Prognosis of Brain Tumour

By  , Expert Content
Jan 24, 2012

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Prognosis of brain tumour helps the patient to know their chance of recovery or a recurrence (return) of the tumour. Understanding the prognosis or possible outcome is important for any patient with cancer as it helps them and their family to handle the disease and live with it better. It also helps the patient and the family to make important decisions such as managing finance, choosing the most appropriate treatment and make lifestyle changes.

Prognosis of brain tumour depends on many factors and some of the important ones are:

  • Type of the cancer.
  • Site or location of the cancer.
  • Stage of cancer (the size of the tumour and extent of involvement of the brain tissue).
  • Grade of tumour (how abnormal or malignant the cancer cells are and how quickly the cells grow and spread).
  • Patient factors such as age, general health and response to treatment.

While discussing the prognosis, the doctor bases his or her opinion on the five-year survival rate of the particular cancer. Survival rate of a cancer indicates the proportion of people with a certain type and stage of cancer, who live for a specific period of time after their diagnosis. This rate indicates the percentage of people with the disease who are still alive five years post-diagnosis (factors such as signs or symptoms of cancer, presence or absence of disease or treatment are not considered). The five-year survival rate for any cancer is obtained through a study done on many (thousands of patients) patients over the years with similar type of cancer.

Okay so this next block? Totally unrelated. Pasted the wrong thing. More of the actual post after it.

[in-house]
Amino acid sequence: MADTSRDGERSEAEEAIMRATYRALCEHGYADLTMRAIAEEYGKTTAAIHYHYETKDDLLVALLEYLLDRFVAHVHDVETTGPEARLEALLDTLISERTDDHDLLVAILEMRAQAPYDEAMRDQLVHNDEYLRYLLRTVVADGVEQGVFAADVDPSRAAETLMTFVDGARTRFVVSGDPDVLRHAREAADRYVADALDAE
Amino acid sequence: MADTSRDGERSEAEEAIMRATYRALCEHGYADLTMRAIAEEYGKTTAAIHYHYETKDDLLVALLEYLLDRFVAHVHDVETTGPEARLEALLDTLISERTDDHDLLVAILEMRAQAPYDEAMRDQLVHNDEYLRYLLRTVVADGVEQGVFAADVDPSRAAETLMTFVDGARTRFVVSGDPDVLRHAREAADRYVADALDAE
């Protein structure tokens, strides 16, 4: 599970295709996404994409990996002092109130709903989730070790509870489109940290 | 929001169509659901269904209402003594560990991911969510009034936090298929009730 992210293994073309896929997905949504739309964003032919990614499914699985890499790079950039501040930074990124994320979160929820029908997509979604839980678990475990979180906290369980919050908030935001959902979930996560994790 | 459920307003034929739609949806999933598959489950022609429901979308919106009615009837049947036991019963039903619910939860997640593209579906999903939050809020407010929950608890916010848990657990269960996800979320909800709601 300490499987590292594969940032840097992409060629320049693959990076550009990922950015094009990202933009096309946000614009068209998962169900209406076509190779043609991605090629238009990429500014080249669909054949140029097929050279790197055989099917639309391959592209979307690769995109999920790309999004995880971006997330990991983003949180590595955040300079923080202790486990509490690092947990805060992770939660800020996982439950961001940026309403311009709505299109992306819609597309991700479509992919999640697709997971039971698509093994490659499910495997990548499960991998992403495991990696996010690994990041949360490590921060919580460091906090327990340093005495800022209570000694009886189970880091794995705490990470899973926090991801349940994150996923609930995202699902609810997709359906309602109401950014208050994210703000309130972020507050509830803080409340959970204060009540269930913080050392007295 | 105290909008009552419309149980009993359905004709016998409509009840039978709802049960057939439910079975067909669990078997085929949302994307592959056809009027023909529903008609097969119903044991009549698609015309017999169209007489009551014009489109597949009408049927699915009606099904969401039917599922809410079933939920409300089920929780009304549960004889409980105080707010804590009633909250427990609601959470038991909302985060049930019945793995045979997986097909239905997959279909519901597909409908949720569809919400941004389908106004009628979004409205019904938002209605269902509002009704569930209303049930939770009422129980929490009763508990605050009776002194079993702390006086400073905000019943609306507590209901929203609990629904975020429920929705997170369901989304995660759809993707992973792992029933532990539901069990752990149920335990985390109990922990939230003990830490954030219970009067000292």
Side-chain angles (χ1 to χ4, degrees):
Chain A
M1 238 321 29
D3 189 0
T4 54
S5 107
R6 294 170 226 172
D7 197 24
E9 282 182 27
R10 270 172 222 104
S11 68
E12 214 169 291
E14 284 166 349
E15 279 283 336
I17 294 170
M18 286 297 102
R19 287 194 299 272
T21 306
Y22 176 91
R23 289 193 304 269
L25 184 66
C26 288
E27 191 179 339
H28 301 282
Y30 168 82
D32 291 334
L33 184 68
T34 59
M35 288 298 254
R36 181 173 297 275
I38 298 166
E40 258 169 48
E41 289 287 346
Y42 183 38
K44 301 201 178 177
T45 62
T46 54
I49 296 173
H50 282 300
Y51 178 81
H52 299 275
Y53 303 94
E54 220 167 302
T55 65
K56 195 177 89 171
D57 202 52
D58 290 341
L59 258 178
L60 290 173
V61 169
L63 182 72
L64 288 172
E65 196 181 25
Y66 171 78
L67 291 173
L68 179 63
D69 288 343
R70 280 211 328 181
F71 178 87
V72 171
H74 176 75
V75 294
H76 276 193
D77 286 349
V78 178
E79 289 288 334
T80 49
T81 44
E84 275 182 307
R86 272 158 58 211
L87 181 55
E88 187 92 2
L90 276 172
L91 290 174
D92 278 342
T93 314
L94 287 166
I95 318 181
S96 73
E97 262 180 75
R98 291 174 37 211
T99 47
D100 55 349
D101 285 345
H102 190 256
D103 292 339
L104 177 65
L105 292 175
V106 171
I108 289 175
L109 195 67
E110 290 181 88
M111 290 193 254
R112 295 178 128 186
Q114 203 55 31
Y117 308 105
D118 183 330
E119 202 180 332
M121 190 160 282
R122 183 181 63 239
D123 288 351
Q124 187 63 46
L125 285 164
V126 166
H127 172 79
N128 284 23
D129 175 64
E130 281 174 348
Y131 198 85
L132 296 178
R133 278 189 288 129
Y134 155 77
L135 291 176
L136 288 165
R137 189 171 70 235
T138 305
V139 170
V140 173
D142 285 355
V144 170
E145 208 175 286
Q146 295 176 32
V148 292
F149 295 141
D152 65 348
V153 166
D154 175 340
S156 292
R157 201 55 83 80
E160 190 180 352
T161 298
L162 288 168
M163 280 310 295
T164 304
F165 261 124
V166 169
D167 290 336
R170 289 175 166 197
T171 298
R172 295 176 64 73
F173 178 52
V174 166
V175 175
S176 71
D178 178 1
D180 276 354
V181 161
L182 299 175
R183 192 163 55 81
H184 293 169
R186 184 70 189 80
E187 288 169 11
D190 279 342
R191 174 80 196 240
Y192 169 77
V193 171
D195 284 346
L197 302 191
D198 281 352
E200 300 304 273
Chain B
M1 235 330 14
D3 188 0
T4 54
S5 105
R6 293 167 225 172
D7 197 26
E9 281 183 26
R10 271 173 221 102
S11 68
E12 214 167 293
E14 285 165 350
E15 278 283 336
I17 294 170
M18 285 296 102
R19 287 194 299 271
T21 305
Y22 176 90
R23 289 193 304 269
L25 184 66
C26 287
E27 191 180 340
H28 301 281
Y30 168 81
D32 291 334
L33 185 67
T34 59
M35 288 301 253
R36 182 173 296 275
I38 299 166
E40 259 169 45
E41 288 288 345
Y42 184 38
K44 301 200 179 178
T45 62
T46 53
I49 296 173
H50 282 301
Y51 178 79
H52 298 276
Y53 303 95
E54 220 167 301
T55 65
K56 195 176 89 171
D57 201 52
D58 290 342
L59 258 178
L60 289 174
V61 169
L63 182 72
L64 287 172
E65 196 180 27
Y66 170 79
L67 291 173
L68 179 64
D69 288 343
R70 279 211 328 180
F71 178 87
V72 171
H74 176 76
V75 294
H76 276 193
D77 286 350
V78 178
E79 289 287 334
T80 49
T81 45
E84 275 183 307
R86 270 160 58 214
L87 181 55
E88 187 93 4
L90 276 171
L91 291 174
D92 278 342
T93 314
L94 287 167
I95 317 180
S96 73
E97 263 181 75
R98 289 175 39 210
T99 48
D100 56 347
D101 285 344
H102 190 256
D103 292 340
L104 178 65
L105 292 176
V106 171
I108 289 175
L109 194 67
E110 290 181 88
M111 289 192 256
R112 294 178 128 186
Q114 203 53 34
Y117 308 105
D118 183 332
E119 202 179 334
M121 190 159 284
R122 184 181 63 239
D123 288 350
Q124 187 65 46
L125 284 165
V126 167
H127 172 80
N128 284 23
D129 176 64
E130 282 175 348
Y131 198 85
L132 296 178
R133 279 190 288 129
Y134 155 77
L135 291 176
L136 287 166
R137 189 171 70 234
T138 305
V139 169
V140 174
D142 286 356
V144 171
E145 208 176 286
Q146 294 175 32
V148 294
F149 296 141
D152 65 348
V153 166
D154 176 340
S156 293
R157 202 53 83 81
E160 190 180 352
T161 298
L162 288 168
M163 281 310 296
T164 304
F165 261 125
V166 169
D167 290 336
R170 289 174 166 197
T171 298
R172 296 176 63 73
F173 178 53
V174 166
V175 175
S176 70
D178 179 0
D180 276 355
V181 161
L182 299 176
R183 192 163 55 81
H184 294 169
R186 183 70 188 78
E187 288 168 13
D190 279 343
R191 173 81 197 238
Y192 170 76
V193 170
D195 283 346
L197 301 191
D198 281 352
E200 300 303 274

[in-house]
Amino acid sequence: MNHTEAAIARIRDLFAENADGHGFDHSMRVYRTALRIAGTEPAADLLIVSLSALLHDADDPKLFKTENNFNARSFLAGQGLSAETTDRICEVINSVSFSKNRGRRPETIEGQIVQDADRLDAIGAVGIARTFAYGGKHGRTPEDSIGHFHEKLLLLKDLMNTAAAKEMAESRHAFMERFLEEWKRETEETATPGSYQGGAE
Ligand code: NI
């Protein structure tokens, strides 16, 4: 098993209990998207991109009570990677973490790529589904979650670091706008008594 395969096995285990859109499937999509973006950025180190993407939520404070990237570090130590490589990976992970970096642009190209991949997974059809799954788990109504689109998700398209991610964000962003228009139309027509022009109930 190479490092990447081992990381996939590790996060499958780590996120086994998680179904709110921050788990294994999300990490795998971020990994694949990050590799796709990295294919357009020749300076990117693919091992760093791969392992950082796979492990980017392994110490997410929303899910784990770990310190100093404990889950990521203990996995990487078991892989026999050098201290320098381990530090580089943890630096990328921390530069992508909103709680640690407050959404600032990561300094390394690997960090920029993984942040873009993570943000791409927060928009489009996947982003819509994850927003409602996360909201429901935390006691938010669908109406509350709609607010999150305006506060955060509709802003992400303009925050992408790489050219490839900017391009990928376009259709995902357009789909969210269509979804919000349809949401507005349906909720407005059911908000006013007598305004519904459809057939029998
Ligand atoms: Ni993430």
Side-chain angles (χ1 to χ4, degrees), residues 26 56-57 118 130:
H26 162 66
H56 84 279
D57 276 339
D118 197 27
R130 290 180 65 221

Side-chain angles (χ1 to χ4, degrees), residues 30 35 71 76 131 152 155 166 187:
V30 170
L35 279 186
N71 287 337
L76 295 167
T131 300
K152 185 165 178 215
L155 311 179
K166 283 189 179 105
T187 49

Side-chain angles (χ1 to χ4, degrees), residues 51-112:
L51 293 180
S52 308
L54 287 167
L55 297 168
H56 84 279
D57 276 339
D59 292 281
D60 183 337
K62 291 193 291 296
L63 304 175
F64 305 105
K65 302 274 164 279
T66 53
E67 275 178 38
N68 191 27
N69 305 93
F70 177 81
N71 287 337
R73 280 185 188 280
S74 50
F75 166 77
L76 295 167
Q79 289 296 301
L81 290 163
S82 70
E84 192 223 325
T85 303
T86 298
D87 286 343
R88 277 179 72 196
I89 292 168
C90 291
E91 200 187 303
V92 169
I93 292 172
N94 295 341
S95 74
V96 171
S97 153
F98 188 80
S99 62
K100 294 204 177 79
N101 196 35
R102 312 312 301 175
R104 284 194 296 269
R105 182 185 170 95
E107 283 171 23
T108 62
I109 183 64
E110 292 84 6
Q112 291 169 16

Prognosis of brain tumour:
The average 5-year relative brain cancer survival rate is about 33%. When the different types of malignant brain tumours are considered:

  • About 35% of adults diagnosed with this disease live for at least a year. About 15% live for more than 5 years after diagnosis and 10% survive for more than 10 years after diagnosis.
  • Prognosis of women is better than men (the exact reason for this difference is not known).
  • Prognosis is better in younger adults (younger than 40 years).  About 50% of the younger people live for more than 5 years after their diagnosis.
  • Prognosis is better in children when compared with adults. About 65% of children diagnosed with brain tumour live for more than 5 years after diagnosis.

While discussing the prognosis, your doctor may consider the prognosis to be favourable if you are likely to respond well to the treatment; but the prognosis is considered unfavourable or poor if your cancer reacts counterproductively to the treatment. Remember that every patient is different and the doctor charters the possible course of the disease based on studies. He or she cannot be absolutely correct about the outcome for a particular patient.


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